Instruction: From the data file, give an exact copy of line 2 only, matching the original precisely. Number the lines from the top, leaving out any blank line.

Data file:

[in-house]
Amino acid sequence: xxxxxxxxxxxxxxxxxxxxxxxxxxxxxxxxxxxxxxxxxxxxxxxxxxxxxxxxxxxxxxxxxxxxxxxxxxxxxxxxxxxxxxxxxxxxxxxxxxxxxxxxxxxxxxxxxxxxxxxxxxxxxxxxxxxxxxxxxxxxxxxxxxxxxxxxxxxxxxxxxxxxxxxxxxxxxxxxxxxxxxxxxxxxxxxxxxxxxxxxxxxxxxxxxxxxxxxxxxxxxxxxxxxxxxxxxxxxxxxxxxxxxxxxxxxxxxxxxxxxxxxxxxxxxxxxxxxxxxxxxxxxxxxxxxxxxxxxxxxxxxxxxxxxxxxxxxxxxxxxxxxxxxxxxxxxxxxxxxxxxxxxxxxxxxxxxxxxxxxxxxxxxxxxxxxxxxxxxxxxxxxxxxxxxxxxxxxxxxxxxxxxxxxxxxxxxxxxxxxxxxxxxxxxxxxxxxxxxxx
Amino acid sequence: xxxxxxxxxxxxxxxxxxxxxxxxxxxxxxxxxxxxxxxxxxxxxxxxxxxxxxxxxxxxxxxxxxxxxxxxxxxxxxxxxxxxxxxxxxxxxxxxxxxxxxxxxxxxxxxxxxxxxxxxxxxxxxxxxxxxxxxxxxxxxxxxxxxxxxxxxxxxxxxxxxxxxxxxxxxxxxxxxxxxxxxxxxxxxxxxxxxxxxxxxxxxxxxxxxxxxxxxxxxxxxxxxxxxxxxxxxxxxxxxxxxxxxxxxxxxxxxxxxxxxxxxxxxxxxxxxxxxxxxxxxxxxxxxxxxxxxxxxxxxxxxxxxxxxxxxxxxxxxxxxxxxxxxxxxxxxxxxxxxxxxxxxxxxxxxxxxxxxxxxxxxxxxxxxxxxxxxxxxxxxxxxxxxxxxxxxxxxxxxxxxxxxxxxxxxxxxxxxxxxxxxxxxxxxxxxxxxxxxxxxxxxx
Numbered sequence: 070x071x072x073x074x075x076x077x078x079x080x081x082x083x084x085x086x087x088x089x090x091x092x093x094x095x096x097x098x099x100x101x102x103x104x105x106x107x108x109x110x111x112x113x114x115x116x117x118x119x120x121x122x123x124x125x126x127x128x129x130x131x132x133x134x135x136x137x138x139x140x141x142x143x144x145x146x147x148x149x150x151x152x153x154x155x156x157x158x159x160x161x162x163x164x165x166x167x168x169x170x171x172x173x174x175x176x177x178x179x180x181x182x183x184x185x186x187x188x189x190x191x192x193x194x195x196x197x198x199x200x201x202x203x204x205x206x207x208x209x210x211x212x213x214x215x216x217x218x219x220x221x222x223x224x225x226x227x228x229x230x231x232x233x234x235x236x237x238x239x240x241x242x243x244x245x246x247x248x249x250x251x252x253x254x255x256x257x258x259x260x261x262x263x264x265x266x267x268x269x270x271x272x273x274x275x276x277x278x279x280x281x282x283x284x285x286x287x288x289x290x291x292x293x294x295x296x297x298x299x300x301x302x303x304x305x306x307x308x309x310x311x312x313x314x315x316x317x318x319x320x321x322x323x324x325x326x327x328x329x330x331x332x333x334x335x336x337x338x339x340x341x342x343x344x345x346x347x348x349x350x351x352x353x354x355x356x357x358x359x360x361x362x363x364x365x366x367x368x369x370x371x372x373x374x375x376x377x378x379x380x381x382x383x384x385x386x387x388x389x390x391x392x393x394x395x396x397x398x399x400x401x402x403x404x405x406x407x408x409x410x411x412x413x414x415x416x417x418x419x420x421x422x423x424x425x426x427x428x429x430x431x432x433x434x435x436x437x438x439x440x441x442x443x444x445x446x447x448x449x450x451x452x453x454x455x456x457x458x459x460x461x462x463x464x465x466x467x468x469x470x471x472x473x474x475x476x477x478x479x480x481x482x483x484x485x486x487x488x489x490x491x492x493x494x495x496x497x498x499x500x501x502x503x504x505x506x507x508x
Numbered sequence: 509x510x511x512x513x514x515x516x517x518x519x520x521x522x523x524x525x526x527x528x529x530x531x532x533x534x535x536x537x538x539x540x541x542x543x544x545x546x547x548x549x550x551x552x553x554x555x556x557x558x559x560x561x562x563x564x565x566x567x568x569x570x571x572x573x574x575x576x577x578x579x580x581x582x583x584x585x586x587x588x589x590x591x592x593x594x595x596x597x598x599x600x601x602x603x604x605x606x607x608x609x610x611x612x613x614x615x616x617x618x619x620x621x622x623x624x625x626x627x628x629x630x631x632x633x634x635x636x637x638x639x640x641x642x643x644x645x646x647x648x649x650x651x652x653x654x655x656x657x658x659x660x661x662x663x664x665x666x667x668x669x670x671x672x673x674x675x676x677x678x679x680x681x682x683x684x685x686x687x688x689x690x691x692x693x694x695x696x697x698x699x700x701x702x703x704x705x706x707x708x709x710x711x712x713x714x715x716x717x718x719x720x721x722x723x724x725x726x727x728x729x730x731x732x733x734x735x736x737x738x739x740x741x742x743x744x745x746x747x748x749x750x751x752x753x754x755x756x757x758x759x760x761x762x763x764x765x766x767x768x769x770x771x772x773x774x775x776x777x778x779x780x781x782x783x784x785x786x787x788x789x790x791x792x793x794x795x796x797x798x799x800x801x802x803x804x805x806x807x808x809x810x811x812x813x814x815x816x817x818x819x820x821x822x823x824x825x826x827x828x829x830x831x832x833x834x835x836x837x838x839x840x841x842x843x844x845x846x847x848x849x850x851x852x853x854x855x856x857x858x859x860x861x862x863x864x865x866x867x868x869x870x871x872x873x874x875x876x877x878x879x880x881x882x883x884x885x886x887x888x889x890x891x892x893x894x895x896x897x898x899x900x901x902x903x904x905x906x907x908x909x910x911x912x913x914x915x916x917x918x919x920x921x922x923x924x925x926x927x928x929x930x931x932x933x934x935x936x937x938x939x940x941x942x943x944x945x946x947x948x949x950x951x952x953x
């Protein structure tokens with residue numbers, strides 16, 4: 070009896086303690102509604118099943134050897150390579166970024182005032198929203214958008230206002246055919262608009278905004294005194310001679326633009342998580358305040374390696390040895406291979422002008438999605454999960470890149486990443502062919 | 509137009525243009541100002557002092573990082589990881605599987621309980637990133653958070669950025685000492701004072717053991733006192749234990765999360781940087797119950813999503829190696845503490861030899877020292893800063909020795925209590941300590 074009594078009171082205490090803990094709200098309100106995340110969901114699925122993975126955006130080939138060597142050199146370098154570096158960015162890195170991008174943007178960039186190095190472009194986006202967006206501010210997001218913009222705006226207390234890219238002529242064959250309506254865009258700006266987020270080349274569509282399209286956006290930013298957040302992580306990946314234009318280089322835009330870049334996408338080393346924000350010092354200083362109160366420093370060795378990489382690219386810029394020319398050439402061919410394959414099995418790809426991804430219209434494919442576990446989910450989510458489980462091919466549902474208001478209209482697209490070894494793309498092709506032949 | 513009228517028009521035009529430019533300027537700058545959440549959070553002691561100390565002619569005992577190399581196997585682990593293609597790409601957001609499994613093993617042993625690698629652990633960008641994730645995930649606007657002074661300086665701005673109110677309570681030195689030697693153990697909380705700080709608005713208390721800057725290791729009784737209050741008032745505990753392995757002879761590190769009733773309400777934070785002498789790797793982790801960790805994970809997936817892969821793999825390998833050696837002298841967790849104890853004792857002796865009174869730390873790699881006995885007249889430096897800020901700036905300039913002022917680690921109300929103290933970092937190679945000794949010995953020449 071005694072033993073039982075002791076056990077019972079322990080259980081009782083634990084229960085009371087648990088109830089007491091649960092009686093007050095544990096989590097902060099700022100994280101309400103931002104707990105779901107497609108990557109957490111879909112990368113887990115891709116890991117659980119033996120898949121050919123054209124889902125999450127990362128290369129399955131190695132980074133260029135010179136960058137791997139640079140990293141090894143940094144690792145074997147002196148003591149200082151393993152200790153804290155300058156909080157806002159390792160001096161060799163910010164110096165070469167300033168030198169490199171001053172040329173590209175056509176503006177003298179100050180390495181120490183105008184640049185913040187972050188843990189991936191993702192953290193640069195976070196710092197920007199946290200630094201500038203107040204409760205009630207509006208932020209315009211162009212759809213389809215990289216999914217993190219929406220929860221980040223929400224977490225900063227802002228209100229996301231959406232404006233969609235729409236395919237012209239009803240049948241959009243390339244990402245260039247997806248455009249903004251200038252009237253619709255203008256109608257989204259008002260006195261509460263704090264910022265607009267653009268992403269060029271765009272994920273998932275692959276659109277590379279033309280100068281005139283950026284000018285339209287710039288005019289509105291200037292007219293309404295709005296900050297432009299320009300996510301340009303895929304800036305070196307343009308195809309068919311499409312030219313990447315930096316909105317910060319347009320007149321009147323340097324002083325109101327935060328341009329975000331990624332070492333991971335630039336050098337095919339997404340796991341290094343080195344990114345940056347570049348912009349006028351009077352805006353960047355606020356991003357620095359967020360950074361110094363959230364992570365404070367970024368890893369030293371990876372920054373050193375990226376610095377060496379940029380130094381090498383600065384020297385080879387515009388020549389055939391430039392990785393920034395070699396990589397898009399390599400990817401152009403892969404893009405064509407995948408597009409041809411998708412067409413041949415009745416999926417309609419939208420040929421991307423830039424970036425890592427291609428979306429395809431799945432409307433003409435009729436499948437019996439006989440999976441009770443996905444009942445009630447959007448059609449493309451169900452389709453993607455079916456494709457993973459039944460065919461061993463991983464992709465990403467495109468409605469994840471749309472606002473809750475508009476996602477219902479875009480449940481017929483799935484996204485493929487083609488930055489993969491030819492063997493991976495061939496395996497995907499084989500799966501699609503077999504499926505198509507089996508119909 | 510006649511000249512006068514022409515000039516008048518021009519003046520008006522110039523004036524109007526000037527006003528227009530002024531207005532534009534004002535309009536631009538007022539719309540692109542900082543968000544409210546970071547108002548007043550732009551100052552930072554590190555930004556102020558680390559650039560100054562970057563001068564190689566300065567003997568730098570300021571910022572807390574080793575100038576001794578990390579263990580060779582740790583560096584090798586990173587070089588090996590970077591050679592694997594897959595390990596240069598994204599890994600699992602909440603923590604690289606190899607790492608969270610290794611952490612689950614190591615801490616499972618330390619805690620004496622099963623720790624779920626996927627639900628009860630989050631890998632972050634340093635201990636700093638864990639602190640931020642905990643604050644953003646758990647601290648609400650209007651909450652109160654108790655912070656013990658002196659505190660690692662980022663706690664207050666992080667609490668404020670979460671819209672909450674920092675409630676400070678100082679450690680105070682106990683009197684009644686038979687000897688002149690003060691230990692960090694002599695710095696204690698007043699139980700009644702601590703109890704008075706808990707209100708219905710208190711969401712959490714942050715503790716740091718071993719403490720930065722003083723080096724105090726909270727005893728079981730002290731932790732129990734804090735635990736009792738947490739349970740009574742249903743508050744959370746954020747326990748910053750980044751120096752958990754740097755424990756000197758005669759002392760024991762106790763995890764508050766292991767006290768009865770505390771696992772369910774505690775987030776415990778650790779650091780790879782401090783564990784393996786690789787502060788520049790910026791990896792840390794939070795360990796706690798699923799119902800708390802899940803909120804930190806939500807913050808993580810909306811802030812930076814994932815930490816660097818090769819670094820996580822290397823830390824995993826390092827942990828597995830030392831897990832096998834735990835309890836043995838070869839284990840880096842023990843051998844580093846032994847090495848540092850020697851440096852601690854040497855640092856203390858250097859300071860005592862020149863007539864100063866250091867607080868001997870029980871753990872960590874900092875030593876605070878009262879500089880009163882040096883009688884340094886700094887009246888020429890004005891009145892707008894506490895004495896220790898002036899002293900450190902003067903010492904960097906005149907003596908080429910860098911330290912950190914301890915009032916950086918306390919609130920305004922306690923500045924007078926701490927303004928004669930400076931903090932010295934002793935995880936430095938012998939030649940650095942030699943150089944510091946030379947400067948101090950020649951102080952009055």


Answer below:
Amino acid sequence: xxxxxxxxxxxxxxxxxxxxxxxxxxxxxxxxxxxxxxxxxxxxxxxxxxxxxxxxxxxxxxxxxxxxxxxxxxxxxxxxxxxxxxxxxxxxxxxxxxxxxxxxxxxxxxxxxxxxxxxxxxxxxxxxxxxxxxxxxxxxxxxxxxxxxxxxxxxxxxxxxxxxxxxxxxxxxxxxxxxxxxxxxxxxxxxxxxxxxxxxxxxxxxxxxxxxxxxxxxxxxxxxxxxxxxxxxxxxxxxxxxxxxxxxxxxxxxxxxxxxxxxxxxxxxxxxxxxxxxxxxxxxxxxxxxxxxxxxxxxxxxxxxxxxxxxxxxxxxxxxxxxxxxxxxxxxxxxxxxxxxxxxxxxxxxxxxxxxxxxxxxxxxxxxxxxxxxxxxxxxxxxxxxxxxxxxxxxxxxxxxxxxxxxxxxxxxxxxxxxxxxxxxxxxxxxxxxxxxxx